Most of us have had the thrill of looking up at night and seeing a meteor flash across the sky.
Meteors occur suddenly. Some bright, some faint, some have a short, modest tail while some have a brilliant streak that seems to light up the sky. All meteors occur so quickly that if you are not looking at that specific part of the sky they are gone forever.
Meteors have awed and inspired humanity throughout the ages. Many ancient civilizations saw meteors as a portent for an upcoming event, either good or bad.
According to metoritemarket.com, in Switzerland, a meteor possessed the power of God. Early Japanese believed that if you see a meteor coming toward you, you open the collar of your kimono to let the good luck in. Swabians, from Germany, believed that a meteor represented a year of good fortune; seeing three in one night, however, meant death was nigh.
Modern science has taught us that meteors are less of a mystery, but more of an evening gem to be sought and enjoyed.
A meteor begins as a speck of dust, sand or rock particle in space. This particle enters the earth’s atmosphere at such an intense speed that it ignites, leaving a trail of glowing debris in its wake. Almost all meteors are consumed while burning through the atmosphere and never hit the ground. The remnants of the few that do are called meteorites.
Several times during the year, meteors occur at an increased rate and intensity. These are known as meteor showers.
One famous meteor shower, the Leonid shower of 1933, occurred on the morning of Nov. 13. There were many eyewitness accounts to this meteor shower because people woke from their early morning sleep by what appeared to be broad daylight outside. There are estimates that between 50,000 and 150,000 meteors fell per hour that evening. This was an incredible event as most meteor showers today are considered good if there are 80 to 120 meteors per hour.
Meteor showers occur when the earth travels through the orbit of a comet. Comets, as do planets, travel in approximately the same plane around the sun. While our solar system’s planets have orbits that are circular with the sun as their center, the comet’s orbit is highly elliptical.
The orbit of a comet draws it very close to the sun, where it gains momentum and is pushed far beyond most if not all planets in the far reaches of the solar system.
While close to the sun, the comet comprised of ice, dust and rock melts, leaving debris in its orbit. As the earth in its orbit encounters the comet’s orbit, the melted ice, sand and rock increase the number of meteors, or meteor showers, we see.
There are many meteor showers created by such comets during the calendar year. One of the most viewed is the Perseid meteor shower which occurs in late-July through mid-August every year. Astronomers expected the peak night for viewing this year to be the evening of Aug. 12 to the morning of Aug. 13.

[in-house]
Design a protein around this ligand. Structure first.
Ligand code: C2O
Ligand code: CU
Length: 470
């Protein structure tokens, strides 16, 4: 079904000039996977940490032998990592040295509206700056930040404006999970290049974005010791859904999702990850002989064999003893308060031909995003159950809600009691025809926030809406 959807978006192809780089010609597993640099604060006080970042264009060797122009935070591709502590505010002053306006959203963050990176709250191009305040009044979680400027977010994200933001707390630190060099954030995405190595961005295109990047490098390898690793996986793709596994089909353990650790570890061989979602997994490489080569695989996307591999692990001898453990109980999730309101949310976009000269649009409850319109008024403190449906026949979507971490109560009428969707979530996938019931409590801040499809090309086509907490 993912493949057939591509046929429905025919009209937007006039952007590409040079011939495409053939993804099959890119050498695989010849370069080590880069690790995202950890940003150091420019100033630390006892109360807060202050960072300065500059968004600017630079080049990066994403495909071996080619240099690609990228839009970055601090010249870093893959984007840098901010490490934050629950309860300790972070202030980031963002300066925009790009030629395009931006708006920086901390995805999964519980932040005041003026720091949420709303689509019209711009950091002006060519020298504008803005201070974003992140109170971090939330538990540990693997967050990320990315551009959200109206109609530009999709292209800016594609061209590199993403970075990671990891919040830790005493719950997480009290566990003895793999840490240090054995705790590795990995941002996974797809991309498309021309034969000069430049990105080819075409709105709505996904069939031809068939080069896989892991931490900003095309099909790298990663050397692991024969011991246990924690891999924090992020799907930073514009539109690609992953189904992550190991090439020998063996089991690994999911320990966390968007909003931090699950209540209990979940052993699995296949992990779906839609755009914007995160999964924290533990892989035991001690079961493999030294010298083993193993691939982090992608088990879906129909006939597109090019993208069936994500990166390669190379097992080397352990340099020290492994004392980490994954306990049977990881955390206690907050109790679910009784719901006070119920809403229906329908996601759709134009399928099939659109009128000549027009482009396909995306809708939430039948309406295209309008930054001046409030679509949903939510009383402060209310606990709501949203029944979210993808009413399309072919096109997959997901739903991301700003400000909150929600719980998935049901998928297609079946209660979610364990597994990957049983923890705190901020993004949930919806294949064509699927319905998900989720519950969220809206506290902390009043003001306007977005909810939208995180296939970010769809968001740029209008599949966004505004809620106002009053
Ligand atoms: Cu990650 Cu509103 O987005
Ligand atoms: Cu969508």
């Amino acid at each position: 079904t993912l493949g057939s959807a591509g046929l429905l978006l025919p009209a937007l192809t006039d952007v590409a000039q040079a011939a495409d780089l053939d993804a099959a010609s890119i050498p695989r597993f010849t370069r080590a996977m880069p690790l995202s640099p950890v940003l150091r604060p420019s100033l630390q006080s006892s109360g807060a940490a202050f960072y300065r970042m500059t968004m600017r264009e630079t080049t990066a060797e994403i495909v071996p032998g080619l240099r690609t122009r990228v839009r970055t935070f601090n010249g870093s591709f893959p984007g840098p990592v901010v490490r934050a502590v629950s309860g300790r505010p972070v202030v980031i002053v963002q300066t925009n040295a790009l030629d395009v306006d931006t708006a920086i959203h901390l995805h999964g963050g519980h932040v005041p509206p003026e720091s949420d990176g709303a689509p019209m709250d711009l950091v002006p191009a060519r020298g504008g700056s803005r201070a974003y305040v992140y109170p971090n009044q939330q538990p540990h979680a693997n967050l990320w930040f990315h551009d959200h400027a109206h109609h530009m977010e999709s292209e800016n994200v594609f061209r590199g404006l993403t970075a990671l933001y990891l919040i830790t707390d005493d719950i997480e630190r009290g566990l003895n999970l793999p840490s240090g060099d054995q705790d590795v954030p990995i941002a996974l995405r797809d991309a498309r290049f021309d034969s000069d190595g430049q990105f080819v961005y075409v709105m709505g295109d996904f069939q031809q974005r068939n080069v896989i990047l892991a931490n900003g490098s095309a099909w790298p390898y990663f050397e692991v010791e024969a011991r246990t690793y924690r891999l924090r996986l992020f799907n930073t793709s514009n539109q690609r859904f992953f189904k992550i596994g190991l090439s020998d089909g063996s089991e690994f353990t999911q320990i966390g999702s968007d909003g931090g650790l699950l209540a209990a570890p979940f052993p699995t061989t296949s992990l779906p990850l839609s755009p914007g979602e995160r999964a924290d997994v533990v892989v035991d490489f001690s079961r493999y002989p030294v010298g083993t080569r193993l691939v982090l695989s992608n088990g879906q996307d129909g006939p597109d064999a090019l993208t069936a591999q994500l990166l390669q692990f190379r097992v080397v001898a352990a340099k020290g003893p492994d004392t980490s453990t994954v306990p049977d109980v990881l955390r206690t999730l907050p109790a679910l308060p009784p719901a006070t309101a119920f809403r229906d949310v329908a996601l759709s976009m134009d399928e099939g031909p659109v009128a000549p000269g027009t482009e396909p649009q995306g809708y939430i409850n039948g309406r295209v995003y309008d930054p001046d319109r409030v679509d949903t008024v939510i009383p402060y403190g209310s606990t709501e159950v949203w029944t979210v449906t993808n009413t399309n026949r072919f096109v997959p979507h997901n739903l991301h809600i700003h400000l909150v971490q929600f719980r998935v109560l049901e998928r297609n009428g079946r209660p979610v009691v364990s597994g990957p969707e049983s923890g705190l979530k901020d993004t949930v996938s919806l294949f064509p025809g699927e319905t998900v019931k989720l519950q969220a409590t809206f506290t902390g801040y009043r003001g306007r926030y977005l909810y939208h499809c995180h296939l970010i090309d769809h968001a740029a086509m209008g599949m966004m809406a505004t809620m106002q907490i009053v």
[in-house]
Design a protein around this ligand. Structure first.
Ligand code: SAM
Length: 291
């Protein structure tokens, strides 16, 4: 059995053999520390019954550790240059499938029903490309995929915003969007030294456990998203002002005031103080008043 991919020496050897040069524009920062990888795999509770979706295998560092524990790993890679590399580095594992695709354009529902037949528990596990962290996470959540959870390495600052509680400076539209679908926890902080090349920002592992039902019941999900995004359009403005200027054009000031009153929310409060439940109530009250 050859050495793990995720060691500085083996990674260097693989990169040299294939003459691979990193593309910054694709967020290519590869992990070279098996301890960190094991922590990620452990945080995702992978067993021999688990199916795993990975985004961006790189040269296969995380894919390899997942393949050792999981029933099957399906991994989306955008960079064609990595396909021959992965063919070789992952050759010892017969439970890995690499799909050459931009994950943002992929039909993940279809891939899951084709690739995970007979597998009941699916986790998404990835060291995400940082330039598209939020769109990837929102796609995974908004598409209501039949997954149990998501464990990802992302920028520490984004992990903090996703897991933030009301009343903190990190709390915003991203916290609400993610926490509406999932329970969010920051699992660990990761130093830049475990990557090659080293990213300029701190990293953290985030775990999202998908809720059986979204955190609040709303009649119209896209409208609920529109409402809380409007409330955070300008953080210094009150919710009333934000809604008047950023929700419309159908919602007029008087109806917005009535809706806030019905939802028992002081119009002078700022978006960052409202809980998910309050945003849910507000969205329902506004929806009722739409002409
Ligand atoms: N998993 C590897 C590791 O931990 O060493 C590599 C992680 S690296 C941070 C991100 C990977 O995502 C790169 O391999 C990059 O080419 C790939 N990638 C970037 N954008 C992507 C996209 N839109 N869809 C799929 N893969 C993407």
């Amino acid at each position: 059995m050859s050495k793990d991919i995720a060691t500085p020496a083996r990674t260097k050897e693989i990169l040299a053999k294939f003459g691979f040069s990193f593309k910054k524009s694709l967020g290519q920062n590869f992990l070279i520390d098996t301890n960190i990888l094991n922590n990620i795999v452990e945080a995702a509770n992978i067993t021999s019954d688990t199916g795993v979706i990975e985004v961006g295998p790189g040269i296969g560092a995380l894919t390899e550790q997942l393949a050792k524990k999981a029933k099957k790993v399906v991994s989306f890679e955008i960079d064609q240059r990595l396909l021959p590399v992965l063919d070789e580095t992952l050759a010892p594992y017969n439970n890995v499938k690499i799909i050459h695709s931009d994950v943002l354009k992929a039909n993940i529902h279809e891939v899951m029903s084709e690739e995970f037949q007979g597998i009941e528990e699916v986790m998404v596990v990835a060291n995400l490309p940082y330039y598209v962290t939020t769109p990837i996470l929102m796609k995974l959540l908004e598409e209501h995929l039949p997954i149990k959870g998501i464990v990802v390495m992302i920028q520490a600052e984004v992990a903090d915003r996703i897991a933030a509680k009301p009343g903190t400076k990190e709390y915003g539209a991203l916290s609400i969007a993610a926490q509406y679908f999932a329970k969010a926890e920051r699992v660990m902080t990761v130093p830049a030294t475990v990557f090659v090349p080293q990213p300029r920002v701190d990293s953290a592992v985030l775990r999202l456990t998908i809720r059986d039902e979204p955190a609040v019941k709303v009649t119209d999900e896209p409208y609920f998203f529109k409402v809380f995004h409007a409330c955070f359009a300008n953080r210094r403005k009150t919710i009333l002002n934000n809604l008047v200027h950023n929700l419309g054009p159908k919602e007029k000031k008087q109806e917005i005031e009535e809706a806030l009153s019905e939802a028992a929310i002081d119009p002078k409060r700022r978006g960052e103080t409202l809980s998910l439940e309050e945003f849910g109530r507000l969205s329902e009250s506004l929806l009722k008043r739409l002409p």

Unfortunately, that day also coincided with a full moon, hindering our view of all but the brightest meteors that night. Best meteor viewing occurs during a new moon or when the moon is either already over the horizon or not yet above the horizon.
The next best chances for viewing meteors for the rest of this year are the Orionid meteor shower peaking on the evening of Oct. 21, the Leonids (of 1833 fame, but don’t expect the same results!) Nov. 17, and the Geminids on Dec. 14.
The best way to view meteors is to find an open field away from city light, dress for the weather, bring bug spray, snacks and drink, throw out a blanket and lay with a pillow looking straight up. Use your peripheral vision to scan as much of the sky as you can. Distractions like cell phones, other devices or even flashlights ruin your night vision so leave them in the car.
Above all, make sure your expectations are realistic. If you expect the 1833 shower with meteors lighting the sky you will be disappointed. If you are patient and expect to see a handful of precious gems, you will more than likely be rewarded.
Upcoming Big Country Master Naturalist Events:
Aug. 18: Chapter Meeting, 6 p.m.
Aug. 20: Cedar Creek Waterway Hike, 7 a.m. Meet at trailhead off of East South 11th Street
Aug. 27: Star party (weather permitting), Abilene State Park. Plan to arrive around dusk. Meet near swimming pool (unless otherwise directed by park staff).
Sept. 3: Lake hike, Abilene State Park. Be at Lake Abilene parking area by 9 a.m. Bring water and appropriate footwear for five-mile hike.
All master naturalists are volunteers interested in the great Texas outdoors. From our backyards to natural spaces across the state, master naturalists are learning, sharing, and protecting our natural resources. The fall 2022 class is accepting applications now! To learn more about the Texas Master Naturalist program and how you can get involved go to txmn.tamu.edu or our local Facebook page @BCTXMN.
Mike Richins is a member of the Big Country Master Naturalist program in Abilene.
This article originally appeared on Abilene Reporter-News: Here are best days in 2022 to see meteor showers in the Big Country